Horse Syndication 101

Last Updated on March 2, 2022 by Allison Price

Equine Legal Solutions has noticed a steady rise in buyers reaching out to us about buying horses for “syndication” or wanting to know if our forms work. The short answer to your question is “That depends”. We will need to learn more about you and your circumstances before we can suggest a solution. Do you plan to co-own the horse and purchase it with a few people? Do you plan to sell ownership shares in the horse once you have purchased it? What is the purpose of the ownership group’s goal? We’ll first discuss how “syndicate” came to be popular among horse industry owners. Then we’ll talk about the differences between co-ownership and syndications.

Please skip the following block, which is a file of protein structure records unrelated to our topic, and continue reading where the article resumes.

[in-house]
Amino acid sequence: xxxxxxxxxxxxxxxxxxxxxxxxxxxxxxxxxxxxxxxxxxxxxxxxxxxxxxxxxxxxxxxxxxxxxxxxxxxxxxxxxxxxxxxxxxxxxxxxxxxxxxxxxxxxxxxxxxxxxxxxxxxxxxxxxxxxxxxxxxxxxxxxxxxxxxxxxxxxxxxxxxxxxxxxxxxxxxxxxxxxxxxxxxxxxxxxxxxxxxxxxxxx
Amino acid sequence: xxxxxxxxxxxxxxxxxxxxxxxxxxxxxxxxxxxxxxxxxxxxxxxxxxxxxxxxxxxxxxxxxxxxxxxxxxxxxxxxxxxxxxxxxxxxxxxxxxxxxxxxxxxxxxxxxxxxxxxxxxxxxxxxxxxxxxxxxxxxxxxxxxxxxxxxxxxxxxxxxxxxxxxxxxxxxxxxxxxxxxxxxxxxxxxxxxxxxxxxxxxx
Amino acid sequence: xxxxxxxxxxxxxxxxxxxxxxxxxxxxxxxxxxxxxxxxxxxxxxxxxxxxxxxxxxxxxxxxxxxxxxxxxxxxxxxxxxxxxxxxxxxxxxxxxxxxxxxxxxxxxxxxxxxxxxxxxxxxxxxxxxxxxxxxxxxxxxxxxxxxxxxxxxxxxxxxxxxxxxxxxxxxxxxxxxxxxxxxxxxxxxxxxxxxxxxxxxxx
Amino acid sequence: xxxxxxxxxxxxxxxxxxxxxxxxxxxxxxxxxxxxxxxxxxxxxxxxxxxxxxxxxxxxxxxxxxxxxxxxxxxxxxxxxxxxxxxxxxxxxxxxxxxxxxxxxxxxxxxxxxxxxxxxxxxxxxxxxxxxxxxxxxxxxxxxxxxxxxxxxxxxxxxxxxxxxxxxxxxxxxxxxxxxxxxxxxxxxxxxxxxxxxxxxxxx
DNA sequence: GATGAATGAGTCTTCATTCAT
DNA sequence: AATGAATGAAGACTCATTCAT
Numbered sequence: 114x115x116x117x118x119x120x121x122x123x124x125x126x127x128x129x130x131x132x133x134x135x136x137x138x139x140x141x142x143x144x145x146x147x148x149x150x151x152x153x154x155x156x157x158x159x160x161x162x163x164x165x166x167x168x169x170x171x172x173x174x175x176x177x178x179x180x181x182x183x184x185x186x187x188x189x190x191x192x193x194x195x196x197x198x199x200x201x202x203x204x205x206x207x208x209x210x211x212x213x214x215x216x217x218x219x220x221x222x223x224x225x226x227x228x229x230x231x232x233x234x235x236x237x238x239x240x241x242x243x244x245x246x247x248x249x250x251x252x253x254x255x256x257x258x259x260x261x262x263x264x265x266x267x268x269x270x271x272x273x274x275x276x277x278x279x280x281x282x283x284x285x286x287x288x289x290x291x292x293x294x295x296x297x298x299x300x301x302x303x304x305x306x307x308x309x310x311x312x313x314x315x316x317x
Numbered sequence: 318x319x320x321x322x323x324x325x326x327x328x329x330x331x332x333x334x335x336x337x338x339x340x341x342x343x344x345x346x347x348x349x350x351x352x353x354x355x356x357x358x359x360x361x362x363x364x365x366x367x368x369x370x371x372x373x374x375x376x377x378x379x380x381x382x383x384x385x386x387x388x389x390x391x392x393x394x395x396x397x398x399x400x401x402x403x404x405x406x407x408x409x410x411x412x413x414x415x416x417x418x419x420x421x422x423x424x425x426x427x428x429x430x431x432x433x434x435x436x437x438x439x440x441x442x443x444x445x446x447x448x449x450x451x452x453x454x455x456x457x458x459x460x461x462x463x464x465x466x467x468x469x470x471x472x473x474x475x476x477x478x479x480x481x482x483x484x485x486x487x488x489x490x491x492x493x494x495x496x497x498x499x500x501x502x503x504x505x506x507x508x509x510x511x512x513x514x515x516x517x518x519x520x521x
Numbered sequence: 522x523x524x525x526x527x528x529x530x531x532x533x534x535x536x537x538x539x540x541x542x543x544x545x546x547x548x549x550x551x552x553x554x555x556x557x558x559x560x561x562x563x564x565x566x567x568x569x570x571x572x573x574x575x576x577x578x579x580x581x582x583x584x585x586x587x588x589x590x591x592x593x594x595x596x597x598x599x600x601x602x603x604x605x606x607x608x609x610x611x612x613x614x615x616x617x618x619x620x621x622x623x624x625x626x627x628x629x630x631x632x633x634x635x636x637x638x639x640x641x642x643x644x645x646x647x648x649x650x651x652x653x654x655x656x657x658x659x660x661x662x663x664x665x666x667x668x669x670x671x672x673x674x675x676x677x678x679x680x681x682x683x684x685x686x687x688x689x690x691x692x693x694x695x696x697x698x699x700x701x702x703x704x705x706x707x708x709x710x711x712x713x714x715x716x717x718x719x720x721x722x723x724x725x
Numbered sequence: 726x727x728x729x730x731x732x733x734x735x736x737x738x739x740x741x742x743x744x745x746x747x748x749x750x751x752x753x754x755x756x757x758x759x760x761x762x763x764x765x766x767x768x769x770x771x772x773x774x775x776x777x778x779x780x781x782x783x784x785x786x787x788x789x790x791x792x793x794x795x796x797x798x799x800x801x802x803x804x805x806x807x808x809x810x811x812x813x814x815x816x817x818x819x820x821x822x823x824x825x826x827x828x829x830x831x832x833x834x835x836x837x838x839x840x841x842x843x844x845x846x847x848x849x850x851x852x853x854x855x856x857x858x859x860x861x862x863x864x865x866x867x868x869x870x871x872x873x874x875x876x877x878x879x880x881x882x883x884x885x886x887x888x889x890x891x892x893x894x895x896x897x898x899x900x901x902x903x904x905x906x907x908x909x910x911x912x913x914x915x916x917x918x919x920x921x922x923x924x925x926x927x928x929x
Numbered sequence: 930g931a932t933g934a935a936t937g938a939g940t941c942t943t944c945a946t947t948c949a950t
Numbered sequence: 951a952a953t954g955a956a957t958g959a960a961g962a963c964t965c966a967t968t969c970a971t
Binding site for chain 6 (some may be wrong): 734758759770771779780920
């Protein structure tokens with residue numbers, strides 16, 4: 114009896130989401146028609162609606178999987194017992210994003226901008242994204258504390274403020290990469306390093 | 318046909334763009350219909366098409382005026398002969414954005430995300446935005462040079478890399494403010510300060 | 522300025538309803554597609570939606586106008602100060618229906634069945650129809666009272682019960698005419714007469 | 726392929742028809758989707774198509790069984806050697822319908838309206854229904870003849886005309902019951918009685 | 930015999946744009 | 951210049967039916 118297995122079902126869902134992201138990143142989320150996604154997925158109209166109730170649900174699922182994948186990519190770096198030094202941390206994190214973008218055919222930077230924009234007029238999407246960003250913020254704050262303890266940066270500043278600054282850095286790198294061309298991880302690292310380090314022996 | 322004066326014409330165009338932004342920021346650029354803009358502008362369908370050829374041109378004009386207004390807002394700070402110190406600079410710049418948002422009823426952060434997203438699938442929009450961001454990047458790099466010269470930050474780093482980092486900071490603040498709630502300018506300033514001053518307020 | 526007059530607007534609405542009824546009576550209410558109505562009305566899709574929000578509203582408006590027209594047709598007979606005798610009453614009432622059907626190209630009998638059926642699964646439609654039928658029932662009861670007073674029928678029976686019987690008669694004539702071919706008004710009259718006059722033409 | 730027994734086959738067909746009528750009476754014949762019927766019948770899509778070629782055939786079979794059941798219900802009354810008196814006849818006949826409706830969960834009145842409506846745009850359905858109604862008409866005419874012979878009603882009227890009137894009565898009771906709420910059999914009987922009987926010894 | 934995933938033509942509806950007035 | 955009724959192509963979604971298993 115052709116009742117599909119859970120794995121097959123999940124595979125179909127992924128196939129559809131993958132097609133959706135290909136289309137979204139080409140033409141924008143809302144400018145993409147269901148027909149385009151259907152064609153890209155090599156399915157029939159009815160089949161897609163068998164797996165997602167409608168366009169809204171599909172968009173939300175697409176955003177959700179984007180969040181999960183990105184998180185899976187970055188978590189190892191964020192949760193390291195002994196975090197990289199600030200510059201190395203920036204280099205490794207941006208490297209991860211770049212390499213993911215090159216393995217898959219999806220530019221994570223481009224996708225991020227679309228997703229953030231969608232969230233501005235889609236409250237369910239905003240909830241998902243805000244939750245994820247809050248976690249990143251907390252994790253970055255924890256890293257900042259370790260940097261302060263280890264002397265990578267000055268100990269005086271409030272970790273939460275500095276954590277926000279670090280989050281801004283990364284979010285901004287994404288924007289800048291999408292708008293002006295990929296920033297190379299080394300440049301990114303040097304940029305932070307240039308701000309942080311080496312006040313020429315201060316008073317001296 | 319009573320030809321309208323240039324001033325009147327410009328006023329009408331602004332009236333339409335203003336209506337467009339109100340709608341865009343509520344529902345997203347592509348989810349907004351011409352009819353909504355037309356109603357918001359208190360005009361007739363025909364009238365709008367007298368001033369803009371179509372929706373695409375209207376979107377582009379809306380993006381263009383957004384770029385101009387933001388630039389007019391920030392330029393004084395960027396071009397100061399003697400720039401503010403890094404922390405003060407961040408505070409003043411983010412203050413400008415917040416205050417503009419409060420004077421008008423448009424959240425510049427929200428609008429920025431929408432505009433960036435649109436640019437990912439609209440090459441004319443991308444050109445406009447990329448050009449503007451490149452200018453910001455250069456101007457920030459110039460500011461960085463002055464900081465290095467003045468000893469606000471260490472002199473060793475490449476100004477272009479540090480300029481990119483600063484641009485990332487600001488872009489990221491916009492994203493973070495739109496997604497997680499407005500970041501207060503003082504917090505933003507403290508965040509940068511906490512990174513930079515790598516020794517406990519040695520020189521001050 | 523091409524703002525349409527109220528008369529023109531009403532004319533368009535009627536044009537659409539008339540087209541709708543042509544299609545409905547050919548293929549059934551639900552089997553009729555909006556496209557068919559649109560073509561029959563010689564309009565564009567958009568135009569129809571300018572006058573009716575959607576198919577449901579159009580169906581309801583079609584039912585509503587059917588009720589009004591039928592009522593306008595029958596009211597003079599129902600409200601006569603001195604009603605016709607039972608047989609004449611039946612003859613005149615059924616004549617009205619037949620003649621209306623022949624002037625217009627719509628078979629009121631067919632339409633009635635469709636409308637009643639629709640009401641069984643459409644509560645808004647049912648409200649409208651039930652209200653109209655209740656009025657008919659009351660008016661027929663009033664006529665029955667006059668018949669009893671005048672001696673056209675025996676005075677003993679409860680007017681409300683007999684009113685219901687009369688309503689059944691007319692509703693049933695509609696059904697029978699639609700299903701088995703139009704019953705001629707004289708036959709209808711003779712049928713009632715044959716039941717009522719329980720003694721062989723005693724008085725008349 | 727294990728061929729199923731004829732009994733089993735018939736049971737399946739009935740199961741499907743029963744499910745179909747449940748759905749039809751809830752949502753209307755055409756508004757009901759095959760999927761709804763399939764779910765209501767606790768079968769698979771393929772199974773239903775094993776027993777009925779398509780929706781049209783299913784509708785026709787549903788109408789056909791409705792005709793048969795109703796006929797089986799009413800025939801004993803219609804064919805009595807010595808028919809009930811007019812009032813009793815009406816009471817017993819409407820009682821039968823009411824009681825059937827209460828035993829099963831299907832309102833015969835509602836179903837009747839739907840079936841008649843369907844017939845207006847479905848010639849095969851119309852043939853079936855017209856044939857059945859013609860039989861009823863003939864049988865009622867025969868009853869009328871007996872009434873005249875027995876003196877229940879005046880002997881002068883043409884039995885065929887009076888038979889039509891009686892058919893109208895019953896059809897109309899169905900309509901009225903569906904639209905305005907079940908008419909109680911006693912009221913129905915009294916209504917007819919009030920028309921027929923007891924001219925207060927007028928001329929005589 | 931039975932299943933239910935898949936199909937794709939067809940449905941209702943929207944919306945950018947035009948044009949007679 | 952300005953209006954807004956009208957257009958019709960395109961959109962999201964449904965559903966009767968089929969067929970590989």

What is a Horse Syndicate?

Merriam-Webster defines “syndicate”, as an association of persons authorized to take on a duty or negotiate business deals. A group of people or concerns that combine to execute a transaction or project. Merriam-Webster also describes “syndicate” as “a loose association of racketeers under control of organized crime,” but this is a topic for another day.

A “syndicate” is a group of people that buy shares in a horse. There are many types of syndicates. However, the principle behind a syndicate is that those who purchase into it become co-owners in fractional shares of a horse, show horse, or racehorse. The primary purpose of the syndicate is to share both the purchase cost and the ongoing expenses necessary to keep the horse healthy. Below are the different forms of syndicate coownership.